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IBM Hardware Technology

IBM Touts Quantum Computing Breakthrough 132

Lucas123 writes "IBM today claimed to have been able to reduce error rates and retain the integrity of quantum mechanical properties in quantum bits or qubits long enough to perform a gate operation, opening the door to new microfabrication techniques that allow engineers to begin designing a quantum computer. While still a long ways off, the creation of a quantum computer would mean data processing power would be exponentially increased over what is possible with today's silicon-based computing."
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IBM Touts Quantum Computing Breakthrough

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  • by Anonymous Coward on Tuesday February 28, 2012 @09:55AM (#39184373)

    1) Repeated news about being able to perform some operation with a tiny number of qubits do not suggest that it is probably true that a useful quantum computer of practical size can be built;

    2) It wouldn't mean data processing power would be "exponentially increased", but that certain algorithms could be executed asymptotically faster.

    QC remains a second rate branch of mathematics for computer science types who don't want to apply themselves to less glamorous problems in the more mature and challenging fields of classical computing. For engineers, it's still in the nuclear fusion stage: kinda just possible in the right conditions, but under no conditions shown useful.

  • by Anonymous Coward on Tuesday February 28, 2012 @10:15AM (#39184567)

    The depressing thing is that you will never see anything like this out of Apple. Billions of dollars in reserves and no "Jobs Labs".

  • by Anonymous Coward on Tuesday February 28, 2012 @10:56AM (#39184983)

    no, but apple has been pretty focused on making technology cool and even desirable to the masses. While perhaps not as interesting to you as Quantum computing, its certainly important, and something that IBM was never able to do.

  • by Darth Snowshoe ( 1434515 ) on Tuesday February 28, 2012 @11:00AM (#39185011)

    THIS, like times a million. NYTimes this weekend had an excellent article on the history of Bell Labs (the laser, the transistor, communications satellites, etc). HP, whatever else you may think of them, supported the pure research lab which brought forth the memristor. IBM can point to things such as this, its various efforts to simulate a brain, and Watson. Google, bless their souls, is pushing for automated driving (this may not sound in the same league, until you realize the consequences for everybody who drives or rides in an auto.)

    Where is the pure research at Apple? Do they think they can get by on just making better UIs, for the rest of forever? Are they at all part of a larger community?

  • by Anonymous Coward on Tuesday February 28, 2012 @11:12AM (#39185149)

    Another way of explaining this is that in order to take advantage of the exponential speed-up of quantum computing in practical applications, you need exponentially better management of entanglement and decoherence effects, which turns out to be a very difficult engineering problem. People keep proposing different models for quantum computing hoping that if they do these operations in solid state rather than via NMR, or in Bose-Einstein condensates, or using exotic pseudo-particles, or other means that the entanglement management and decoherence issues will become tractable. To the best of my knowledge, nobody has yet come up with an approach that really addresses the underlying issue.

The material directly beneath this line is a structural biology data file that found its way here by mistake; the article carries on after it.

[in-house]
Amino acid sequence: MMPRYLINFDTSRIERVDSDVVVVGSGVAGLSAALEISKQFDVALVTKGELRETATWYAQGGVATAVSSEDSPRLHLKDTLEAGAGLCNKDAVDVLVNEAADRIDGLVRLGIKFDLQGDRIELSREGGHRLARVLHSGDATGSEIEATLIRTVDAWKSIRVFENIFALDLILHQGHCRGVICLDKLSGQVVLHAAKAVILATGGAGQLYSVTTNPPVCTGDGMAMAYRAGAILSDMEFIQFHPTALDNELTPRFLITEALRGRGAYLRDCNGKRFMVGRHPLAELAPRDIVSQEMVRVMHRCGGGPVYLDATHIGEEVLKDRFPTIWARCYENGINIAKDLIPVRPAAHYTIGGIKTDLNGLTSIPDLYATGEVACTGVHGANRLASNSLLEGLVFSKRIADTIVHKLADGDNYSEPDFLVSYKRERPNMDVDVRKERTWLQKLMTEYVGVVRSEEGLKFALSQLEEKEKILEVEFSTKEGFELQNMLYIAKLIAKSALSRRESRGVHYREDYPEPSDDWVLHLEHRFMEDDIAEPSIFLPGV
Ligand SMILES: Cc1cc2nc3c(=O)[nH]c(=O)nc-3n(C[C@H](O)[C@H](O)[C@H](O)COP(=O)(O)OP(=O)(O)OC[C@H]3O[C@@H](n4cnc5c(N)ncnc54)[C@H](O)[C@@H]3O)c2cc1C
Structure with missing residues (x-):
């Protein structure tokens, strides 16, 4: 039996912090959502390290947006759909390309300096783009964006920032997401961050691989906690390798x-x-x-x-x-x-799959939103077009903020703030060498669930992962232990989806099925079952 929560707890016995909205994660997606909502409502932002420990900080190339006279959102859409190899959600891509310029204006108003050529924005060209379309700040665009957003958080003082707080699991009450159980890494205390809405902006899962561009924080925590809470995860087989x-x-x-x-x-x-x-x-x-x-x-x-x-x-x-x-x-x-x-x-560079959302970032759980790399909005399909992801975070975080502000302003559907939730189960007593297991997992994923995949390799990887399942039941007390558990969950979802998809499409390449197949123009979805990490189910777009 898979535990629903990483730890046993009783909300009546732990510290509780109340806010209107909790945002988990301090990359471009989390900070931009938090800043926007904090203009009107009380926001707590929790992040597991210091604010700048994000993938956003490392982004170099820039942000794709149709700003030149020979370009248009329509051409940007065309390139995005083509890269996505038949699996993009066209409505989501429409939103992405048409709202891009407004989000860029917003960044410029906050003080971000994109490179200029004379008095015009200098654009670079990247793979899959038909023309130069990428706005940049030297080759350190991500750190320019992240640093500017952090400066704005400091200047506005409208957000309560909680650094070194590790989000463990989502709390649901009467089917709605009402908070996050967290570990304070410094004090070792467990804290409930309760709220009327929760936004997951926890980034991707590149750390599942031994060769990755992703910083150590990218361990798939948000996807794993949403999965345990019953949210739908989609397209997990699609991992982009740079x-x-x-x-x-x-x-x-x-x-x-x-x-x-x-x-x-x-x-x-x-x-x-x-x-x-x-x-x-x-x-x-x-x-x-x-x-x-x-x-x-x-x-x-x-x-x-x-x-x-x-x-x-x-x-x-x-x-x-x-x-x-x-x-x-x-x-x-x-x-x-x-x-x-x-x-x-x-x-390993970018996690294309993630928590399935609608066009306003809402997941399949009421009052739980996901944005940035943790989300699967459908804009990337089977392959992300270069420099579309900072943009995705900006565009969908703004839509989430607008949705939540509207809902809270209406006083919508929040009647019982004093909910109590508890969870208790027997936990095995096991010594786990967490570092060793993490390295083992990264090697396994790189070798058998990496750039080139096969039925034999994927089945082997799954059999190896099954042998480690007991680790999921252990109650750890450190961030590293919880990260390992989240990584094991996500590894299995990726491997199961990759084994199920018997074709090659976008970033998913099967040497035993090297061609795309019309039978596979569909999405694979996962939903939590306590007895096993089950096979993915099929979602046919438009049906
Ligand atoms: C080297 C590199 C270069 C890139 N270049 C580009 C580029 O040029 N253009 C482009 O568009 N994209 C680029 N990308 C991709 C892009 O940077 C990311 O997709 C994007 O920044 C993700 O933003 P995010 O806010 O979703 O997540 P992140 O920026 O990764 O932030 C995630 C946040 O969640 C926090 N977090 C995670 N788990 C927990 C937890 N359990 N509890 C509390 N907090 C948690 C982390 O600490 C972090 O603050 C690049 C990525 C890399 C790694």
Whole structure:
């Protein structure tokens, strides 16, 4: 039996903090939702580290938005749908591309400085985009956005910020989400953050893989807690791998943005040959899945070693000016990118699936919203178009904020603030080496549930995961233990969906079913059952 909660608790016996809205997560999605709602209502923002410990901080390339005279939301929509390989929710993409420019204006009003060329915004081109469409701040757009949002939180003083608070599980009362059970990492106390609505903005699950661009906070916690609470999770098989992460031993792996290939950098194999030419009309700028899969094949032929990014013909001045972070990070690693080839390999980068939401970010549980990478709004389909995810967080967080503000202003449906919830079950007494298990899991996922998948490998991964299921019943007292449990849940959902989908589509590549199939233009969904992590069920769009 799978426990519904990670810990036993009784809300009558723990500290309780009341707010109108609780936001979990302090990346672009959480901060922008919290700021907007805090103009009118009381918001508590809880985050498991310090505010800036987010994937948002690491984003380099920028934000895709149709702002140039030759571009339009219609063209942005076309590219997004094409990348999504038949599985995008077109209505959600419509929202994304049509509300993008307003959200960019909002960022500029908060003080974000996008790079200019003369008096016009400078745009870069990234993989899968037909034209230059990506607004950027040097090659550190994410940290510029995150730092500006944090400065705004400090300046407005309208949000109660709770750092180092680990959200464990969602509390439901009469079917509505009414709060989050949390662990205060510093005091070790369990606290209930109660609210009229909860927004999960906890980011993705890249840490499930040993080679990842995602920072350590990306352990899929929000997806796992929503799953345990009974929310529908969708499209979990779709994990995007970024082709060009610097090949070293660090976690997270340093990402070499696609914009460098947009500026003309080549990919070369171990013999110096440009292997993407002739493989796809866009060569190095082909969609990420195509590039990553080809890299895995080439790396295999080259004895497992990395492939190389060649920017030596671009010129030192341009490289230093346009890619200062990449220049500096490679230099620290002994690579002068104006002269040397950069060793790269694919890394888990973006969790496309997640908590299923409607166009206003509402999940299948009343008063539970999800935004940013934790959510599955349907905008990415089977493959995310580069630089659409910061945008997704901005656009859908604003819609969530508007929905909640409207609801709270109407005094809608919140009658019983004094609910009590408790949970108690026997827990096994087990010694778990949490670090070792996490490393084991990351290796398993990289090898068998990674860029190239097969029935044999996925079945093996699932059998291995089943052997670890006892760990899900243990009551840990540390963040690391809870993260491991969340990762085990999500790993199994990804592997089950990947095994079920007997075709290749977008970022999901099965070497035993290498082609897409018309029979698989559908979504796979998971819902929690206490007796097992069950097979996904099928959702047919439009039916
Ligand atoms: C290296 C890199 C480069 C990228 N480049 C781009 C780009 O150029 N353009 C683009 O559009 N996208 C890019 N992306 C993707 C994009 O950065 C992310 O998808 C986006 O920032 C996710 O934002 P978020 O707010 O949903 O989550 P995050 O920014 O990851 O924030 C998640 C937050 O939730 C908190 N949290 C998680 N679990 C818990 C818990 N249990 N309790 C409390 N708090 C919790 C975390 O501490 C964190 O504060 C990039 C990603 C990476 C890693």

I don't really think there's any way to *prove* that it's impossible to do this though, which is why people will keep banging their heads into the problem for some time. Maybe they'll come up with something, or Quantum Computing will become computer science's fusion (a suck of funding and effort that keeps dragging out for decade after decade).

  • by TheSkepticalOptimist ( 898384 ) on Tuesday February 28, 2012 @05:50PM (#39189961)

    Apple will wait for everyone else to have quantum computing, and then release a device making the masses believe Apple invented quantum computing because they call it iQuantum.

    But I agree. Apple has 98 billion in the bank and is worth over 1/2 trillion on paper, yet they are only focus on repackaging largely off the shelf components invented by other companies into fancy packages and spending way too much money designing retail stores that boast large sheets of seamless glass.

    What strikes me as really depressing is that while Bill Gates is generally hated among Slashdot readers he had given more back to the world in the terms of his charity work. In his "retirement" he is focused on trying to solve some of the world's biggest issues in poverty and quality of life.

    On the other hand, Steve Job's stayed at Apple pretty much up till his death bed creating an empire where people just thrown them money to buy into a walled garden of content and hardware while Apple shits on any other competitive product or company.

    How has Apple given back to the world? Creating jobs where the pressure is so high people kills themselves when they don't meet Apple's quota's or quality standards? Creating products people actually kill for? Creating a market of "want" that is never satiated until someone becomes bankrupt?

    Apple needs to start giving back, put some of them billions into charity and maybe try to invent something useful for the world that does have an "i" in front of it.

    I sincerely think that Apple has enough money to cure cancer, but the company is more interested in hoarding money and technology patents. Its a shame really that everybody's beloved Apple is probably one of the most evil, greedy, selfish and vindictive companies wrapped in a protective bubble of smugness.

No problem is so large it can't be fit in somewhere.